The video clip below was shot late in the day, to get an idea of lower light quality on the RunCam Split. Also if you watch the whole video you’ll see the quad go into failsafe mode. Hehe.
The Acrobrat is fun to fly on 4S. It’s responsive, agile, and solid. When paired with the RunCam Split mini, the Acrobrat produces decent quality video without the need of a GoPro or higher quality action camera. The video isn’t as high quality as a GoPro, but is good enough for many FPV racing and freestyle flights.
I’ve finally built my first 6S based FPV racing quadcopter. After quite a bit of research I chose the Armattan Chameleon frame. It was highly rated and comes with a lifetime warranty. Below is a shot of the main parts of the frame, after I got the motors and 4in1 esc wired. The bottom plate is solid, 4mm thick. I know it’s possible, but to break this frame would mean a very hard crash into hard surfaces.
I thought there would be more room inside this, but there wasn’t as much as I thought. So I had to tuck the receiver under the front behind the camera, and put the cap and video transmitter in the back. See below.
I went with a Foxeer Falkor 1200TVL Mini/Full Size Camera but that’s not what I would recommend. It doesn’t fit correctly. It “works” but is too wide. Armattan used to recommend cameras for this but that recommendation has been removed from their website.
|Armattan Chameleon FPV Frame 5″|
|DYS Samguk Series Shu 2306 1750kv Motor|
|DALRC Rocket 45A 3-6s BLHeli_32 4-in-1 ESC|
|Diatone Mamba F722S Flight Controller|
|FrSky XM+ SBUS mini receiver|
|Foxeer Falkor 1200TVL Mini/Full Size Camera|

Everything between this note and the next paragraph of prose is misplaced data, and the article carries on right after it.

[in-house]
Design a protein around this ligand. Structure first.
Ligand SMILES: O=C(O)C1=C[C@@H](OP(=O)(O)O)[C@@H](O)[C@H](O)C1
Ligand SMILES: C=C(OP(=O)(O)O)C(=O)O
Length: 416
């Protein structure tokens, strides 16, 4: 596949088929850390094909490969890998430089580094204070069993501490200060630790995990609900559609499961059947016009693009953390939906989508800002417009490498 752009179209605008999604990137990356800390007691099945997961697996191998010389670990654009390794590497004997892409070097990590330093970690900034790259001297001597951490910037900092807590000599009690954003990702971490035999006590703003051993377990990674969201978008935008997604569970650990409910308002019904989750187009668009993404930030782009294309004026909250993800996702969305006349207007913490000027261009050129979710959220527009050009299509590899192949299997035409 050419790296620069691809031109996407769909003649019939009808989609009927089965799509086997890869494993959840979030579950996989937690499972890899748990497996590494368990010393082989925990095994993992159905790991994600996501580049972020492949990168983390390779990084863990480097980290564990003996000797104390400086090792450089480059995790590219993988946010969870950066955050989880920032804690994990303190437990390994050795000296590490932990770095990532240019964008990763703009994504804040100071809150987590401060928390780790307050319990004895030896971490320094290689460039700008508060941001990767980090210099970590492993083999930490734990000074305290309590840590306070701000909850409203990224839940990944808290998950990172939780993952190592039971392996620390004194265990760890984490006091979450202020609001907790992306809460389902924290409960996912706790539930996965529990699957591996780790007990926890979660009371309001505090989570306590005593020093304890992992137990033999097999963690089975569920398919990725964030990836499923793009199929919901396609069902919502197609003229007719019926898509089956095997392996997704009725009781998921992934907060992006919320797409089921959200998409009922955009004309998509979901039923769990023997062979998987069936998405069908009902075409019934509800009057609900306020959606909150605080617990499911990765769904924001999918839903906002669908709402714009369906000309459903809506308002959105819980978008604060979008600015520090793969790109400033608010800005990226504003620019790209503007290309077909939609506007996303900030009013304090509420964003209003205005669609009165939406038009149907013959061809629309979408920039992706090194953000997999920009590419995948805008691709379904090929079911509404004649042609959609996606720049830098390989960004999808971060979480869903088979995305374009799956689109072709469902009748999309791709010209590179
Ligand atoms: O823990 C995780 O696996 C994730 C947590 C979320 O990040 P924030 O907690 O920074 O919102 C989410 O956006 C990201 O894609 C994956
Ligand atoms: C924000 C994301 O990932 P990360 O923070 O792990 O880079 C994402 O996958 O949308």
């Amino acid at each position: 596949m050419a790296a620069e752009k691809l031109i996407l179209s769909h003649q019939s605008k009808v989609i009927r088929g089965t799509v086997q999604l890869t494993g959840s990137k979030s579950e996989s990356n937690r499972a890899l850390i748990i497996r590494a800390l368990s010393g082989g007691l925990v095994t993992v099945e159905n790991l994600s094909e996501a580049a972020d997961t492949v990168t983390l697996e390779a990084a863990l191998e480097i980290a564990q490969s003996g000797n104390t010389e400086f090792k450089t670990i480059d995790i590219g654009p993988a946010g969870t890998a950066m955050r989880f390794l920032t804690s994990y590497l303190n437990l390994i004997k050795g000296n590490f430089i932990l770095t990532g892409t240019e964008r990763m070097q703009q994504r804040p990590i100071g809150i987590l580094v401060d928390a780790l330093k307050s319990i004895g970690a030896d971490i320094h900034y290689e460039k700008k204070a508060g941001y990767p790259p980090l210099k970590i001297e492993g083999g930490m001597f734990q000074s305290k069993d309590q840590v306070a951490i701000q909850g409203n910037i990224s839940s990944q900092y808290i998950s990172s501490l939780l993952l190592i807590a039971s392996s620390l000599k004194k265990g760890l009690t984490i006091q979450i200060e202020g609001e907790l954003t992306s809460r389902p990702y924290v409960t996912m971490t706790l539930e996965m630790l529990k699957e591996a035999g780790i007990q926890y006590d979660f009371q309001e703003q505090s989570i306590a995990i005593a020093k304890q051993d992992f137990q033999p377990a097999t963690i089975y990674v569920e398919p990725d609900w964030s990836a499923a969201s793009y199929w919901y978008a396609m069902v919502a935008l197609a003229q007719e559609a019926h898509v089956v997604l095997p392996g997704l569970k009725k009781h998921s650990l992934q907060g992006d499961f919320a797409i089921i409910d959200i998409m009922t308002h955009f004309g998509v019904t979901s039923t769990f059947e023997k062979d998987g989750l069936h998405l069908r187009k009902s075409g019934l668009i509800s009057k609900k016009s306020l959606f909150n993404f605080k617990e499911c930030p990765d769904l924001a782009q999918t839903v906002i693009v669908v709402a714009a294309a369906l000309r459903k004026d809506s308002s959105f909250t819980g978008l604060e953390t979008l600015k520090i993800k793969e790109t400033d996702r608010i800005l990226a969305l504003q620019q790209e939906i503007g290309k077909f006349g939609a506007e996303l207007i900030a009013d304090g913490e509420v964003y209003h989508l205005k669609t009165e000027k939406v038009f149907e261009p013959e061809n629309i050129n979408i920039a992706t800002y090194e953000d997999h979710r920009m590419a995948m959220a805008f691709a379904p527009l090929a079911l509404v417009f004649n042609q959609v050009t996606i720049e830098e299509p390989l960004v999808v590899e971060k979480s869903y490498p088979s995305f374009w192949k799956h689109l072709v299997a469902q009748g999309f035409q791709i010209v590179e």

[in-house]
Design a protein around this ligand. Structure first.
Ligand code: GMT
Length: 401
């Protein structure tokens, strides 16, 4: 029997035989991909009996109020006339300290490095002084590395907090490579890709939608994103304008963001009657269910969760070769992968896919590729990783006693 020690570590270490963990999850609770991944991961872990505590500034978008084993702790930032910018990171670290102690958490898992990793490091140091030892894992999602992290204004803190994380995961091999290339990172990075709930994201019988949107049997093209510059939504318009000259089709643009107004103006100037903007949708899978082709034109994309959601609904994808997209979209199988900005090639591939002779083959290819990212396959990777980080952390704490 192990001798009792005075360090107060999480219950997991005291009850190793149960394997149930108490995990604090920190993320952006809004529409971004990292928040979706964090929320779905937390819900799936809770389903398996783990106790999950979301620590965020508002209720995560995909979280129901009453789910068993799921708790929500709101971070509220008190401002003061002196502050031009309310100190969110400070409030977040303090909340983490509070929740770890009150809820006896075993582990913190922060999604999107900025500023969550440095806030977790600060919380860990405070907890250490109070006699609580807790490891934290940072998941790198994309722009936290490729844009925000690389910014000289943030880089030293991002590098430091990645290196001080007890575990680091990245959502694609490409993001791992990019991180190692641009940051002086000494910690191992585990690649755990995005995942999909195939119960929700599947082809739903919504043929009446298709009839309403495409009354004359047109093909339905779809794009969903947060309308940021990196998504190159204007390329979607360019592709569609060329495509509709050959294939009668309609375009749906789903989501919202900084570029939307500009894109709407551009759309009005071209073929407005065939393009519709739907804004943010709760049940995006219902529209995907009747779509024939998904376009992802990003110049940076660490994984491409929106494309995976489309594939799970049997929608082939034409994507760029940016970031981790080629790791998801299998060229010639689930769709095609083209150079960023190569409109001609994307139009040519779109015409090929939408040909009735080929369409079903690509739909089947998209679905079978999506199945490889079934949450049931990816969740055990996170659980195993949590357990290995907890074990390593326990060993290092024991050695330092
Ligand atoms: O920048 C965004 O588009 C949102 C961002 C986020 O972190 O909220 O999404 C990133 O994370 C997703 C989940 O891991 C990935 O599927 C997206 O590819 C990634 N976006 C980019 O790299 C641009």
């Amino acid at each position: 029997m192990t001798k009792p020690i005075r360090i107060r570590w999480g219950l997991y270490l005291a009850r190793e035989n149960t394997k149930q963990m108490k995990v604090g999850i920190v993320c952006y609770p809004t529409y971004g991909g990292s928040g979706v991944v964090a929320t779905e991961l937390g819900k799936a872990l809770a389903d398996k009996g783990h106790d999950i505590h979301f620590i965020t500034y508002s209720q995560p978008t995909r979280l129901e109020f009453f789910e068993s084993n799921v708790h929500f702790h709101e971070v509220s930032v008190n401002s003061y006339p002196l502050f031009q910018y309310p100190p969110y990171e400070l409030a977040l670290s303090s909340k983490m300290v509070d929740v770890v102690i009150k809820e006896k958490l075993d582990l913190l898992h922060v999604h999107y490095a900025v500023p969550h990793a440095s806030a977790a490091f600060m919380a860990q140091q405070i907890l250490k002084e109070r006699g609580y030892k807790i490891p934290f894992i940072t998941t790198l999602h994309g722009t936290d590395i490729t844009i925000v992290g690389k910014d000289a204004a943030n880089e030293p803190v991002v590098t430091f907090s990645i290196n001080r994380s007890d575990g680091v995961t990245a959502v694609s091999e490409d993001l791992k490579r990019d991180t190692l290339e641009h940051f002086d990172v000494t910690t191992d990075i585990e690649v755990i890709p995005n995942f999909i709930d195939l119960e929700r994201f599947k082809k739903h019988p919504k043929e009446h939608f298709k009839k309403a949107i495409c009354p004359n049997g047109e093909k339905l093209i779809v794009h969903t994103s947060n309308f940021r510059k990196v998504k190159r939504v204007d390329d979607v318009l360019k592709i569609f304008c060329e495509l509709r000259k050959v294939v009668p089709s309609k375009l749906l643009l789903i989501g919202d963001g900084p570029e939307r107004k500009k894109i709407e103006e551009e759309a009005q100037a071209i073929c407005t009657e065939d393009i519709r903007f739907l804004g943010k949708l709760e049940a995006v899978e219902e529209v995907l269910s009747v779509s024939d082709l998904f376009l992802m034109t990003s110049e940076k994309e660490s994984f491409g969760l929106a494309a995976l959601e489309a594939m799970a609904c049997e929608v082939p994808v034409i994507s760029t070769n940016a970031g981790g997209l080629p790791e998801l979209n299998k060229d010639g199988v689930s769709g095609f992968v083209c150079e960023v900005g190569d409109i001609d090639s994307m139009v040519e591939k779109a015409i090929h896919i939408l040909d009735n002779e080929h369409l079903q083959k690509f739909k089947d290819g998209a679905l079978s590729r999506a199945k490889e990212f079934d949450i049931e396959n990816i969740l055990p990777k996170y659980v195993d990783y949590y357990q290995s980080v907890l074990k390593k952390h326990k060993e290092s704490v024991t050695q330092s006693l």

|16pcs HQProp 5×4.3×3 Tri-Blade Propeller 5 Inch|
|Lumenier AXII 5.8 RHCP|
|RDQ Mach 3 Video Transmitter 25-1000mW VTX 2-6S|
|Lumenier Digital RGB Arm LED Board|
For batteries I’m currently going with the CNHL Black Series 1100mAh 22.2V 6S. So far they’re terrific. Tons of punch and provides long flight times.
|Frame Weight||118g approx original. Final beefed up main plate 128 grams approx|
|Motor to Motor||220mm|
|Frame Shape||Freestyle Bus|
|Bottom Plate Thickness||4mm|
|Top Plate Thickness||2mm|
|Aluminum Parts||Aircraft Grade 6061|
|Motor Mount Pattern||22xx|
|Max Stack Height||20mm|
|Warrantied Parts||All carbon fiber and alumi frame components|
Soldering some of the pins on the Diatone Mamba F722S Flight Controller was a challenge. Super tiny. I originally wanted to use a split type of camera like the RunCam Split. I actually ordered a Foxeer Mix 2 but the extra board the camera comes with wouldn’t fit. Had I gone with separate ESC’s mounted on the arms, perhaps that space in the FC stack would have worked, but I wanted to go with a 4in1.
Having only flown up to 4S in the FPV world, the jump to 6S was quite stunning. The amount of power this quad has is shocking. I would not be surprised if this thing can hit 80-100mph. Going back to flying my 4S or less quads is a bit of a shock now. That raw power isn’t there and because of that I’ve crashed a few times.
It’s not just power and speed for this rig though. If I want to fly very slow and smooth it is remarkably easy to control. Perhaps that’s also due to the F722S flight controller and the PID setup, but I haven’t changed the defaults. Quite amazing.
I’m used to flying FPV quads from around one to four minutes. Amazingly this build is getting me SEVEN aggressive minutes and 10+ minutes of easy flying. I’m extremely happy about that.
After a crash I’m noticing some noise in the video signal to the FPV goggles. I’ve started to work on getting rid of that. The noise only happens when the motors are on, leading me to believe it is dirty power. The cap didn’t clean it up, so I just moved it closer to the main voltage input. I also have moved the power source for the VTX from direct battery to a 9-volt pad on the flight controller, along with supplying the 5-volt power to the camera from the VTX instead of the FC. Weather permitting I’ll do some tests shortly.
The Chameleon is super solid and flies incredibly. On 6S this this rips like no quad I’ve ever flown. Flight is smooth and the handling is terrific. I’ll be mounting a GoPro Hero 7 soon. Can’t wait to share some of that footage.